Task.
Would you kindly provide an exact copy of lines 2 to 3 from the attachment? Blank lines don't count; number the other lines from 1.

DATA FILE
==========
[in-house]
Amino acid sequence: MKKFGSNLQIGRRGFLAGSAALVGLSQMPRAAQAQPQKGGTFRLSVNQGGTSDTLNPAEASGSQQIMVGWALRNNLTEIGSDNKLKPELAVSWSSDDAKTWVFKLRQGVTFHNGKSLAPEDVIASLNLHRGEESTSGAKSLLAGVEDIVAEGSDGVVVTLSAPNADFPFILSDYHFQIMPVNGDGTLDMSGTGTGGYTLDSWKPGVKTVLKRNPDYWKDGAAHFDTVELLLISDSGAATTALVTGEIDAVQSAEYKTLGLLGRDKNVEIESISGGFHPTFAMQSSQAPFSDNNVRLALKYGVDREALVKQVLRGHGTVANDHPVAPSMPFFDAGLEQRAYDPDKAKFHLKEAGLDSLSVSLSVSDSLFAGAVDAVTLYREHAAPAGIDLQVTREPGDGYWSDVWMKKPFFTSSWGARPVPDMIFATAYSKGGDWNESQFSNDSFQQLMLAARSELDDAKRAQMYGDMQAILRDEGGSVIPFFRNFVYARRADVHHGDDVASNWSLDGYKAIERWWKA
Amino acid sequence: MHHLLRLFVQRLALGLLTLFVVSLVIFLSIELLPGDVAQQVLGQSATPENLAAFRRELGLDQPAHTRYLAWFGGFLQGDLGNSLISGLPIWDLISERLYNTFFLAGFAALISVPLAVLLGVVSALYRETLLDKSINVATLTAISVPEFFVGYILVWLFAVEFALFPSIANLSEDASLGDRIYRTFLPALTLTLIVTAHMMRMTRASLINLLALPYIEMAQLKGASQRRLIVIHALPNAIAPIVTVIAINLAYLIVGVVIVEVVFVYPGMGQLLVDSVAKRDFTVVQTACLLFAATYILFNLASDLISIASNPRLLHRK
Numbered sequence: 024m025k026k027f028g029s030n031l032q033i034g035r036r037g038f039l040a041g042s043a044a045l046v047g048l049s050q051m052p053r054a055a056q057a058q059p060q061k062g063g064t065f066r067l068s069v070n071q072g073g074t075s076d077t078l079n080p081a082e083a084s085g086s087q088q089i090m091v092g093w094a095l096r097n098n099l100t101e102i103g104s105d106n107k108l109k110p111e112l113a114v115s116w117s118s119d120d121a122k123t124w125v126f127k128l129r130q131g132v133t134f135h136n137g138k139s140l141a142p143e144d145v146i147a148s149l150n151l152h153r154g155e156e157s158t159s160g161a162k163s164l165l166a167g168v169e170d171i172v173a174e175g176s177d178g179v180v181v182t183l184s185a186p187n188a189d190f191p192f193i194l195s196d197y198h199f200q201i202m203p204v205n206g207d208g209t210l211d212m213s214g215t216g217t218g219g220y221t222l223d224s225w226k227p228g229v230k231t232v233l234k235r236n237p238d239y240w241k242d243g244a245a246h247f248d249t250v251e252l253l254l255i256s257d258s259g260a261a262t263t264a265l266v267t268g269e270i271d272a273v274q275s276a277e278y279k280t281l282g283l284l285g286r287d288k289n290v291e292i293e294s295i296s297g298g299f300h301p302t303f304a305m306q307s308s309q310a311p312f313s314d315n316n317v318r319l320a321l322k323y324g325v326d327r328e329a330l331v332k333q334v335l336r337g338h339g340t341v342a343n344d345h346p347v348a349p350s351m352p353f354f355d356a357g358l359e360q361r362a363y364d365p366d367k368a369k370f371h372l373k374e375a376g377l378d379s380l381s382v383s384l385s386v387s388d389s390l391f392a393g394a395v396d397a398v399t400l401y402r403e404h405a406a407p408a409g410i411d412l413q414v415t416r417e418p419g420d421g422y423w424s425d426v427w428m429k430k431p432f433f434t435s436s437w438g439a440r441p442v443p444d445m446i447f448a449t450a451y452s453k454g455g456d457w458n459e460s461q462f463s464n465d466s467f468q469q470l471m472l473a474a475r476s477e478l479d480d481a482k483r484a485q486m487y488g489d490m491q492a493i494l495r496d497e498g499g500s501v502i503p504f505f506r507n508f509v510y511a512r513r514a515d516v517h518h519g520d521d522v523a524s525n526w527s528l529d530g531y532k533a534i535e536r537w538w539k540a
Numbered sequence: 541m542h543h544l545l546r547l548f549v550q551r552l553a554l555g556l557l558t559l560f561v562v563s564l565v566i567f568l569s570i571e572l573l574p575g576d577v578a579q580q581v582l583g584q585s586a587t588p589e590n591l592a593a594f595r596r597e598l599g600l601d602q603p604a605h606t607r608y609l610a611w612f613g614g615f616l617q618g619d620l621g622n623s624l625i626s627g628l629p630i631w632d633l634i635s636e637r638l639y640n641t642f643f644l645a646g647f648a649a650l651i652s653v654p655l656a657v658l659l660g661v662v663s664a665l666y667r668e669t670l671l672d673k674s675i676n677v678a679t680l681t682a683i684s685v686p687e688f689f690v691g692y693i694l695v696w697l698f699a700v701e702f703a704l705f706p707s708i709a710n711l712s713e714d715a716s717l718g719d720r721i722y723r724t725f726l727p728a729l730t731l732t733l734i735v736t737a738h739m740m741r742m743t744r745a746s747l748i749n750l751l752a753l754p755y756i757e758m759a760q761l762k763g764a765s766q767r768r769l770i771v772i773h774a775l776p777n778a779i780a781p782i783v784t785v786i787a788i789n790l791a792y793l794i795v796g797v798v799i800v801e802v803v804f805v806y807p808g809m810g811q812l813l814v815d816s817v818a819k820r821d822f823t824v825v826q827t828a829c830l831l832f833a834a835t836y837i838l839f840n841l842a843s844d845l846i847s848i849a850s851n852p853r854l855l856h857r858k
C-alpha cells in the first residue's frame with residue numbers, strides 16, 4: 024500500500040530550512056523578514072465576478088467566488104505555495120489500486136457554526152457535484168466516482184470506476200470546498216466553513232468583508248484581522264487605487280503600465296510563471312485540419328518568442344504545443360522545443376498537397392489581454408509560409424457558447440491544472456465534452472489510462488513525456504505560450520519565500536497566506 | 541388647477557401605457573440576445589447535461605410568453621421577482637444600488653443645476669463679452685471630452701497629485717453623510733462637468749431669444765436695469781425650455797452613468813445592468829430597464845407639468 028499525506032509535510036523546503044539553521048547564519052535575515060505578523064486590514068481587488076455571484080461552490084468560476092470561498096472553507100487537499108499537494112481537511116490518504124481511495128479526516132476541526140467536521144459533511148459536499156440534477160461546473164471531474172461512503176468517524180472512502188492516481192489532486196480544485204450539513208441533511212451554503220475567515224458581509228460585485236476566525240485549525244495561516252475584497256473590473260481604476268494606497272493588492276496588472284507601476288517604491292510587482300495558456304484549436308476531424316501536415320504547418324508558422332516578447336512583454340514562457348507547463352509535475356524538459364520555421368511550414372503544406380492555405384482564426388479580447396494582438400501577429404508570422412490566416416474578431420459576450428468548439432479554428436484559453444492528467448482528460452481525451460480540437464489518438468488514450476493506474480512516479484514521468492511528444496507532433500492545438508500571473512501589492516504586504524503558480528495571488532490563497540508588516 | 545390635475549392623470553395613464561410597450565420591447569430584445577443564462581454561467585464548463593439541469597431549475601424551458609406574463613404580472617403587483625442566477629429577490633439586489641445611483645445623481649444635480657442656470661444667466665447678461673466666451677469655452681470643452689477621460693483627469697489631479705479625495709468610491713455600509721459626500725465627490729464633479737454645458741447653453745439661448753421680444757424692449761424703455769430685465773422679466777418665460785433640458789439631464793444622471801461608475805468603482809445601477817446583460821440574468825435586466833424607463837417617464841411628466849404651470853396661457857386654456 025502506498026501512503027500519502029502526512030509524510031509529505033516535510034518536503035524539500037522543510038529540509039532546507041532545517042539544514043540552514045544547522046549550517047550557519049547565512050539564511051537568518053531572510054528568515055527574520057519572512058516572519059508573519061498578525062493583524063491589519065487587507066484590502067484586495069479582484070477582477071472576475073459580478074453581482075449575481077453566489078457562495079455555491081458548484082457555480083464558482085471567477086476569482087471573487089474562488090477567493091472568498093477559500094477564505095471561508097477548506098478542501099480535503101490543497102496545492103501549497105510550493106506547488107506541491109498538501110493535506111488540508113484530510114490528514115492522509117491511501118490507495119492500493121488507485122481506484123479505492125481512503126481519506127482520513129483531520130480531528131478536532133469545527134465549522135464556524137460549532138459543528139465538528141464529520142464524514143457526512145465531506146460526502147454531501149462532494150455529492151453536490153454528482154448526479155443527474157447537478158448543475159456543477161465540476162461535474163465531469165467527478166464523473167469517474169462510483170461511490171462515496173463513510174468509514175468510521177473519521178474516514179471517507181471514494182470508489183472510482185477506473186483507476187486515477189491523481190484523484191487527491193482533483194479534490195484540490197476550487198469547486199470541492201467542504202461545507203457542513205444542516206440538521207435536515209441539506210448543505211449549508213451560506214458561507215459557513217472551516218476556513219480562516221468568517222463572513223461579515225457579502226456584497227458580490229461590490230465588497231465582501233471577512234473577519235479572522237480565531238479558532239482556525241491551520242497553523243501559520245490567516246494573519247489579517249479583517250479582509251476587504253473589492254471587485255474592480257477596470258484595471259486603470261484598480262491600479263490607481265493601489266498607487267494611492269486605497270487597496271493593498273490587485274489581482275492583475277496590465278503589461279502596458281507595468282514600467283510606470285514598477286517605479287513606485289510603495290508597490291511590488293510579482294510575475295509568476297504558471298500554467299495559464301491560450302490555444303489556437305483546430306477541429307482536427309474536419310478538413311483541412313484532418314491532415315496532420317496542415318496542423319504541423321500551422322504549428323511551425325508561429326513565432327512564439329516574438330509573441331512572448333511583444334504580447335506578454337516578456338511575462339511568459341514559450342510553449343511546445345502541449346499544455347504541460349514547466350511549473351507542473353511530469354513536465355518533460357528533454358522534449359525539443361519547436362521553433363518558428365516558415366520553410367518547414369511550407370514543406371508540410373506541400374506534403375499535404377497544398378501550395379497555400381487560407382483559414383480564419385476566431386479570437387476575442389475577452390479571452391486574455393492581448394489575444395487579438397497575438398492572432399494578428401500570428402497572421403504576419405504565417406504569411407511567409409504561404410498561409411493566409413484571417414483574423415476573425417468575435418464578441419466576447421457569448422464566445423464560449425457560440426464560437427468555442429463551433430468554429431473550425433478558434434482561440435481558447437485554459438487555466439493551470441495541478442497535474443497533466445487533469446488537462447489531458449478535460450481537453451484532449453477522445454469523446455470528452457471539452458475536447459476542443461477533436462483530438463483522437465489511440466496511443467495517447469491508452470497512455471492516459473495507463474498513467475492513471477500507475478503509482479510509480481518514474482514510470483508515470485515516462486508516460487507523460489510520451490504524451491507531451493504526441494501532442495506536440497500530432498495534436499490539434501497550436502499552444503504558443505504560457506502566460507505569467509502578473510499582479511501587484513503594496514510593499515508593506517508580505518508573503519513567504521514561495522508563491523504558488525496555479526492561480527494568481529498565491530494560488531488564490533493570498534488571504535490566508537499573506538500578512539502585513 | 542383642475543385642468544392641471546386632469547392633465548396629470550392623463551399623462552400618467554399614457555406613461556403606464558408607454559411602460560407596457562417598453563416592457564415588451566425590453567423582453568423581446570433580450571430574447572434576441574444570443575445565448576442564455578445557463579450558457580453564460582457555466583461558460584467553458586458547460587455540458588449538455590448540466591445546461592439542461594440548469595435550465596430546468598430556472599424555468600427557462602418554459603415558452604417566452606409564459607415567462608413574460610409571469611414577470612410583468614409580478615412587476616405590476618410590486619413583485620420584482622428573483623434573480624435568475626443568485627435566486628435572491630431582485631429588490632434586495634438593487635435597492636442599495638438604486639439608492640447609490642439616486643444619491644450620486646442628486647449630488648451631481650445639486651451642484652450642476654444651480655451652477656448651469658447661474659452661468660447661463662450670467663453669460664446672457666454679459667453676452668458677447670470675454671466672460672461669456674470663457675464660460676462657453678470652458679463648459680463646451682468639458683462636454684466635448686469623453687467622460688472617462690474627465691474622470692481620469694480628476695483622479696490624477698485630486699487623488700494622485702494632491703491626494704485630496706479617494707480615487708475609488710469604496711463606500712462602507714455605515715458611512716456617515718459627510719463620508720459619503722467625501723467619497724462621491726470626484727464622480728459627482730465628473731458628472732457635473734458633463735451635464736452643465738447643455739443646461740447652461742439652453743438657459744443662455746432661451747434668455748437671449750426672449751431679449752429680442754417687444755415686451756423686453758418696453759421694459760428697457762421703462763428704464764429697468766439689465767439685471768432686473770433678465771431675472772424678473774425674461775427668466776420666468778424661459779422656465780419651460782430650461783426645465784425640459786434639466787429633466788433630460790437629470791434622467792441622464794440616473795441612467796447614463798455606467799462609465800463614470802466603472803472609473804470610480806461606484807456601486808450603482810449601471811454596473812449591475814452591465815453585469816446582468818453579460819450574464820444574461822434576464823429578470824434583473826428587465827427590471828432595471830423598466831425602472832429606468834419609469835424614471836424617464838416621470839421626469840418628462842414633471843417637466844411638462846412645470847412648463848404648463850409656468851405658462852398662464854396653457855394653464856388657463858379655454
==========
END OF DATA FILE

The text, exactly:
Amino acid sequence: MKKFGSNLQIGRRGFLAGSAALVGLSQMPRAAQAQPQKGGTFRLSVNQGGTSDTLNPAEASGSQQIMVGWALRNNLTEIGSDNKLKPELAVSWSSDDAKTWVFKLRQGVTFHNGKSLAPEDVIASLNLHRGEESTSGAKSLLAGVEDIVAEGSDGVVVTLSAPNADFPFILSDYHFQIMPVNGDGTLDMSGTGTGGYTLDSWKPGVKTVLKRNPDYWKDGAAHFDTVELLLISDSGAATTALVTGEIDAVQSAEYKTLGLLGRDKNVEIESISGGFHPTFAMQSSQAPFSDNNVRLALKYGVDREALVKQVLRGHGTVANDHPVAPSMPFFDAGLEQRAYDPDKAKFHLKEAGLDSLSVSLSVSDSLFAGAVDAVTLYREHAAPAGIDLQVTREPGDGYWSDVWMKKPFFTSSWGARPVPDMIFATAYSKGGDWNESQFSNDSFQQLMLAARSELDDAKRAQMYGDMQAILRDEGGSVIPFFRNFVYARRADVHHGDDVASNWSLDGYKAIERWWKA
Amino acid sequence: MHHLLRLFVQRLALGLLTLFVVSLVIFLSIELLPGDVAQQVLGQSATPENLAAFRRELGLDQPAHTRYLAWFGGFLQGDLGNSLISGLPIWDLISERLYNTFFLAGFAALISVPLAVLLGVVSALYRETLLDKSINVATLTAISVPEFFVGYILVWLFAVEFALFPSIANLSEDASLGDRIYRTFLPALTLTLIVTAHMMRMTRASLINLLALPYIEMAQLKGASQRRLIVIHALPNAIAPIVTVIAINLAYLIVGVVIVEVVFVYPGMGQLLVDSVAKRDFTVVQTACLLFAATYILFNLASDLISIASNPRLLHRK